As a result share markets have fallen further, with US and global shares falling just below their January lows and Australian shares under pressure too, albeit so far they have held up a bit better. Bond yields have also fallen due to safe haven demand and oil prices have pushed to new post 2014 highs. The market reaction reflects a combination of uncertainty around how far the conflict will go – with Ukraine being Europe’s second biggest country (after Russia), the threat of further sanctions (so far they have been limited) and uncertainty about how severe their economic impact will be. Although it has said it won’t, there is also the risk Russia cuts off its supply of gas to Europe where prices are already very high, with a potential flow on to oil demand at a time when conflict may threaten supply. In short, investors are worried about a stagflationary shock to Europe and, to a lesser degree, the global economy generally.

Possible scenarios

Trying to work out which way this goes is not easy and I am not a geopolitical expert. But it still seems there are four scenarios, some of which may overlap:

  1. Russia stands down – this would provide a brief boost for share markets, including Australian shares, (eg 2 to 4%) as markets reverse recent falls that were driven by escalating tensions.

  2. Russia moves in to occupy the Donbas areas that are already controlled by Russian separatists with sanctions from the west but not so onerous that Russia cuts off gas to Europe – this could see a further hit to markets (say -2%), although it looks like it may be getting close to priced in. This may be similar to what happened in the 2014 Ukraine crisis (with Crimea) and if that’s all that happens then markets would soon forget about it and move on to other things. Much as occurred in 2014.

  3. Russian invasion of all of Ukraine with significant sanctions and Russia stopping gas to Europe but no NATO military involvement – this would cause a stagflationary shock to Europe & to a less degree globally as oil prices rise further and could see a bigger hit to markets (say -10%) but then recovery over six months.

  4. Invasion of all of Ukraine with significant sanctions, gas supplies cut & NATO military involvement – this could be a large negative for markets (say -15-20%) as war in Europe, albeit on its edge, fully reverses the “peace dividend” that flowed from the end of the cold war in the 1990s. Markets may then take longer to recover, say 6-12 months.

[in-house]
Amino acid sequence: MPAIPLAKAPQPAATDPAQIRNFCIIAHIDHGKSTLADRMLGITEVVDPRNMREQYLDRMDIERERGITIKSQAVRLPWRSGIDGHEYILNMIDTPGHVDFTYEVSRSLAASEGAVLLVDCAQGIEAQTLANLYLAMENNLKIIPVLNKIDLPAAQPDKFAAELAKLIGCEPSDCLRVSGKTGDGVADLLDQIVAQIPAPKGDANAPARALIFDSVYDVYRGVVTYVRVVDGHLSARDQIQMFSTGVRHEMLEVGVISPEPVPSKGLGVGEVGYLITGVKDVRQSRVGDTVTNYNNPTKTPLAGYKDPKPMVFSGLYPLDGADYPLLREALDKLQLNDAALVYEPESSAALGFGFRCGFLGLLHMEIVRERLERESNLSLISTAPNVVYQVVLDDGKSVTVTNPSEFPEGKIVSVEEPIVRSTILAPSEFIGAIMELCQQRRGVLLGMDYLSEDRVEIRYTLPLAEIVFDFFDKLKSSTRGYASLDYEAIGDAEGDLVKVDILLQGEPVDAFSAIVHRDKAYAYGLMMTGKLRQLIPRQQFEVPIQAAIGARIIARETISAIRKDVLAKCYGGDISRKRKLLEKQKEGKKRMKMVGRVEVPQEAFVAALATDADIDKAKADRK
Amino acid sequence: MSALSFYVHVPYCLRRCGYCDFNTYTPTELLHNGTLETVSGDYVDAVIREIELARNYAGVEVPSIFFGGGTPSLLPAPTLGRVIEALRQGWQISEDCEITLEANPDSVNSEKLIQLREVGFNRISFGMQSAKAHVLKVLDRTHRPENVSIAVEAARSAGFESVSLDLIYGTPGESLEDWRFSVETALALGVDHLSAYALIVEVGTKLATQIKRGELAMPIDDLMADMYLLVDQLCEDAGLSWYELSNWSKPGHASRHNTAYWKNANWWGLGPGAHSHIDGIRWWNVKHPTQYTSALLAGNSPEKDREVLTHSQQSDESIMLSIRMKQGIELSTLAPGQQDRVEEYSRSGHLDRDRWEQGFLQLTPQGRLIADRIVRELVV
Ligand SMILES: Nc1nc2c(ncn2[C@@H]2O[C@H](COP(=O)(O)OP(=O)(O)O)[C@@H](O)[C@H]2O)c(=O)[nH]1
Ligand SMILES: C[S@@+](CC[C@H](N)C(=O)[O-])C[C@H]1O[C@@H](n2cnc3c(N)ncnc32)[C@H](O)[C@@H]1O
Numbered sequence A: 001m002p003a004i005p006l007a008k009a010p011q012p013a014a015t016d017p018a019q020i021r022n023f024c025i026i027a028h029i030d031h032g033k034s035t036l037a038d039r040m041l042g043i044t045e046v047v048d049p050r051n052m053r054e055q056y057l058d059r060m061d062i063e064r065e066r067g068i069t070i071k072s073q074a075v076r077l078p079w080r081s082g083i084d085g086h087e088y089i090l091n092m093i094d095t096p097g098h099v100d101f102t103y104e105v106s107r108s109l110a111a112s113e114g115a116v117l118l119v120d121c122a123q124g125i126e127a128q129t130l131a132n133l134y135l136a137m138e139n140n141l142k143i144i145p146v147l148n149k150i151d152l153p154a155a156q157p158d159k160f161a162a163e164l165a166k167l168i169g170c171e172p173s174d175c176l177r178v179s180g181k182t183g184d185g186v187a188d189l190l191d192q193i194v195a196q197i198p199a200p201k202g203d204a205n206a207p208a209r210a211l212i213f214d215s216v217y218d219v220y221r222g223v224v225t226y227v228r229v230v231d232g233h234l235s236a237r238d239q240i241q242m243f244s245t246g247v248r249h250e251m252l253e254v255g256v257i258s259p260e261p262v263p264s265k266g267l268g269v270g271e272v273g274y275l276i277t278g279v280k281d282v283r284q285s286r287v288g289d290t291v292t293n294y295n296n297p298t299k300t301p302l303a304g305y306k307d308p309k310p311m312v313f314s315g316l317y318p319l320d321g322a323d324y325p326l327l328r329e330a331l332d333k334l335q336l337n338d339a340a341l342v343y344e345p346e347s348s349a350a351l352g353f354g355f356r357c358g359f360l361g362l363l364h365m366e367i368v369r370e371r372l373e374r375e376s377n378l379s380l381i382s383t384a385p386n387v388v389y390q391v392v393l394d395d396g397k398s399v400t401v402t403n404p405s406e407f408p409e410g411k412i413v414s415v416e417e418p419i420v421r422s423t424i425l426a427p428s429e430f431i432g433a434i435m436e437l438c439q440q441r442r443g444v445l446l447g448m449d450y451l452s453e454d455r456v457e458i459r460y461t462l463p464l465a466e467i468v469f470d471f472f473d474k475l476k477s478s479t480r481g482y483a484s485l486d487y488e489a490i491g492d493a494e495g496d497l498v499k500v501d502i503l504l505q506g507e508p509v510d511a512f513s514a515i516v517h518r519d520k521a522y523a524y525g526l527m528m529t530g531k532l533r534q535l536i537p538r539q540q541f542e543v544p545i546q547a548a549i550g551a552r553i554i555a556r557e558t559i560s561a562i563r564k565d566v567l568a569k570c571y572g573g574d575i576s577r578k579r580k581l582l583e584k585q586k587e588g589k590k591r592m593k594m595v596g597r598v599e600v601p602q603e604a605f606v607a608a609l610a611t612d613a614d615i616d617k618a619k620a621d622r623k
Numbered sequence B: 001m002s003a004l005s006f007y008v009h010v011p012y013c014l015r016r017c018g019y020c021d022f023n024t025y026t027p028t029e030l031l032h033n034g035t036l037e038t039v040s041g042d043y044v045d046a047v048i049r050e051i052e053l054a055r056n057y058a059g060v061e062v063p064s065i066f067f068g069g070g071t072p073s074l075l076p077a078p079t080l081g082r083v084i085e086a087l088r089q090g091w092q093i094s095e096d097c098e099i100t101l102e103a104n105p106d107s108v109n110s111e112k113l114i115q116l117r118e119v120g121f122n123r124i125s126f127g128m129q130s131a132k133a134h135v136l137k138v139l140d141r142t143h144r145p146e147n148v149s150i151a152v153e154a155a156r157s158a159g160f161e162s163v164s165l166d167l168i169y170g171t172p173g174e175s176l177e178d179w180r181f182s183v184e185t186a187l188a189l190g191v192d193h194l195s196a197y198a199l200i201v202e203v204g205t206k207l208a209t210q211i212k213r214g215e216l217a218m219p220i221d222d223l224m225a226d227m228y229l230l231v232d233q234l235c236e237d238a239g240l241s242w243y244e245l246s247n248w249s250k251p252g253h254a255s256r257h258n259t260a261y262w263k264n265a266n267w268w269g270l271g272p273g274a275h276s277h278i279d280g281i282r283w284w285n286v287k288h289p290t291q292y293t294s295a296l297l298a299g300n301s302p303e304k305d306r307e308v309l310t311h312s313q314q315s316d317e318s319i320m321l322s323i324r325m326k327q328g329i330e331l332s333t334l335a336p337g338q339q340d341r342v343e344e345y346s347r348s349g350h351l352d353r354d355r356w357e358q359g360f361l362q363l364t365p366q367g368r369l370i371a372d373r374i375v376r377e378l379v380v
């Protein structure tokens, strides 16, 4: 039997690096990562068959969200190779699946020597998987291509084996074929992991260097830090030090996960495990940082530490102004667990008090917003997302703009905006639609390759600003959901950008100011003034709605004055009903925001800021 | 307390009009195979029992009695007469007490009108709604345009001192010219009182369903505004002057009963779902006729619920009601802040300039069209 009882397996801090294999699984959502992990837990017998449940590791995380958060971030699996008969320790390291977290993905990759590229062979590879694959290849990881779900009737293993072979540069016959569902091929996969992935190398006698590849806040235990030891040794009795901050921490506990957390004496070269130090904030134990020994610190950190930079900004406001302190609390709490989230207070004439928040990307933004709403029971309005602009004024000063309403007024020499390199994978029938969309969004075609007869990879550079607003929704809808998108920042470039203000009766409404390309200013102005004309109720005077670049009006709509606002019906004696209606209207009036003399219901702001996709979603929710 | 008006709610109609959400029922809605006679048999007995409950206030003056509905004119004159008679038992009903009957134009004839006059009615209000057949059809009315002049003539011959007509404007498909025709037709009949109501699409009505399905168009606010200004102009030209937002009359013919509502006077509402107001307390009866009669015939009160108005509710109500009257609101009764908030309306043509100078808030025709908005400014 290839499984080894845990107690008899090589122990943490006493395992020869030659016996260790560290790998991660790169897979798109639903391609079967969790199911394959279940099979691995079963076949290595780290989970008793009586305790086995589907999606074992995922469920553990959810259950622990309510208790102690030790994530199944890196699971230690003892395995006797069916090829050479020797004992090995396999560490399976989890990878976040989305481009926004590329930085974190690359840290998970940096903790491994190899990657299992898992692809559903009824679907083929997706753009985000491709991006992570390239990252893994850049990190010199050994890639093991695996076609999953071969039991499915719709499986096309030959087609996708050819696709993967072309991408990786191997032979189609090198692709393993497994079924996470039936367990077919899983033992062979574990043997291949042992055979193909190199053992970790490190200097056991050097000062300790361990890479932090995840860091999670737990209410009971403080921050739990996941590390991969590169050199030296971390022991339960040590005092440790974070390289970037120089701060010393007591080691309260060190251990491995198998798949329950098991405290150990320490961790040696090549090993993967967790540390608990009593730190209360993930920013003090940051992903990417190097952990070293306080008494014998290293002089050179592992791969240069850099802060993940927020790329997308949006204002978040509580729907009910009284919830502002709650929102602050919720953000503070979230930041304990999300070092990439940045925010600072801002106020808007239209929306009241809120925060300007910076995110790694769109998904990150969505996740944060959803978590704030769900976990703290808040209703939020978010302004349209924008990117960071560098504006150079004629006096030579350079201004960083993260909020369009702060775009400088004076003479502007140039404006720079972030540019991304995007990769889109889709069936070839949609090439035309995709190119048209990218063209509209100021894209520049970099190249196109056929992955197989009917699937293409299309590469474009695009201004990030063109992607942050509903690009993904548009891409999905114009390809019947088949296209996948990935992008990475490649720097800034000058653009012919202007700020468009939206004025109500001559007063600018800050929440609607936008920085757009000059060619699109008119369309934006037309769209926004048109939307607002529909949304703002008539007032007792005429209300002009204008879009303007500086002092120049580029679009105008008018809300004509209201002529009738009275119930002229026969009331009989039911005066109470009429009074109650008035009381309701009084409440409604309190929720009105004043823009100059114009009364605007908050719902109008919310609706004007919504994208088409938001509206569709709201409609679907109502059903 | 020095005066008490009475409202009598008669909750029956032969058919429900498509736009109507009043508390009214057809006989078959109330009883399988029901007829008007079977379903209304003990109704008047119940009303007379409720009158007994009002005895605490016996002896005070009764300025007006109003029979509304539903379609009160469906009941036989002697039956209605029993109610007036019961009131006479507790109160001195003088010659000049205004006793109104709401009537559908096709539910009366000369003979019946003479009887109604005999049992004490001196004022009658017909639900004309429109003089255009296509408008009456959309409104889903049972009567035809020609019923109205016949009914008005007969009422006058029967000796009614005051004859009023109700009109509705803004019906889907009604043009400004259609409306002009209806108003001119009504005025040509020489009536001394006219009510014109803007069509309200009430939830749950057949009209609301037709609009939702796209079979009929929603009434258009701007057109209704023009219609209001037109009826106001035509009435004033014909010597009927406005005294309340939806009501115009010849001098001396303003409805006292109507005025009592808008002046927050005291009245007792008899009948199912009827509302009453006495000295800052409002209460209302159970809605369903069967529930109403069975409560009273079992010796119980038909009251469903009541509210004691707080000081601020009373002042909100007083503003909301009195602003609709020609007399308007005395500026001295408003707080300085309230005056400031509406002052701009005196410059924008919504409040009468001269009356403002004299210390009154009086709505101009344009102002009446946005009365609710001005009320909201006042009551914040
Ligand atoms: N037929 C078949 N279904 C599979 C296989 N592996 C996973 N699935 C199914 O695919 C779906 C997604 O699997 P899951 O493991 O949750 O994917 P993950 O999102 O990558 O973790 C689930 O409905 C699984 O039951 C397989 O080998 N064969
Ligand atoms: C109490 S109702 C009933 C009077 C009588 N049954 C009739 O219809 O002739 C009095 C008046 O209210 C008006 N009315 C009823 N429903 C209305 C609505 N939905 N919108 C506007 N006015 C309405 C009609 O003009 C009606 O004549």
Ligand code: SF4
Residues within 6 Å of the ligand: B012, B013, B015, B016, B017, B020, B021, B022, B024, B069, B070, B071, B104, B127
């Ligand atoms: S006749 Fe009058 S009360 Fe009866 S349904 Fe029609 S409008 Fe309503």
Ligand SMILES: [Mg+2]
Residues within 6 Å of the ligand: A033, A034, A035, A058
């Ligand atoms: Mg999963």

Given the path Russia has gone down and the stridency of President Putin’s recent comments, Scenario 1 is looking less and less likely, but is still possible if there is a breakthrough in talks. And Scenario 2 looks to be already on the way, with Putin’s ordering of “peacekeeping” troops into the Donbas region. This may be the “military-technical” action that Russia referred to last week. At the other extreme, it’s still hard to see Russia undertaking a full invasion of Ukraine given the huge cost it would incur. And it’s hard to see NATO troops being involved particularly given limited public support for it in Europe and the US. The US has said US forces would not go into Ukraine. However, some combination of scenarios 2 and 3 are possible whereby the crisis escalates further if, say, the Donbas separatists and the Russian “peacekeepers” push into Donbas territory that the separatists do not yet control and beyond.

And, of course, with Russian troops moving into the Donbas region of Ukraine investment markets will worry that we will move on to a wider invasion of Ukraine, until signs appear to the contrary. So, we could still see share markets fall further and oil prices rise further in the short term.

Crisis and share markets

Of course, there is a long history of various crisis events impacting share markets. This includes major events in wars, terrorist attacks, financial crisis, etc. The following table shows major crisis events since World War Two in the first column, the period over which the US share market initially reacts in the second column, the percentage share market fall in the third column and the percentage change from the low over 3, 6 and 12 months in the final three columns.

Crisis events and the US share market

Event

Share market reaction period

% fall

% chg from mkt low over:

 

 

 

3 mths

6 mths

1 yr

Germany Invades Fr

9/5/40-22/6/40

-17.1

8.4

7.0

-5.2

Pearl Harbour

6/12/41-10/12/41

-6.5

-2.9

-9.6

5.4

Truman Upset Win

2/11/48-10/11/48

-4.9

3.5

1.9

6.1

Korean War

23/6/50-13/7/50

-12.0

15.3

19.2

26.3

Eisenhower H Attack

23/9/55-26/9/55

-6.5

6.6

11.7

5.7

Suez Canal Crisis

30/10/56-31/10/56

-1.4

-0.6

3.4

-9.5

Sputnik

3/10/57-22/10/57

-9.9

6.7

7.2

29.2

Cuban Missile Crisis

19/10/62-27/10/62

1.1

17.1

24.2

30.4

JFK Assassination

21/11/63-22/11/66

-2.9

12.4

15.1

24.0

MLK Assassination

3/4/68-5/4/68

-0.4

6.4

9.3

10.8

US bombs Cambodia

29/4/70-14/5/70

-7.1

3.8

13.5

36.7

Kent State Shootings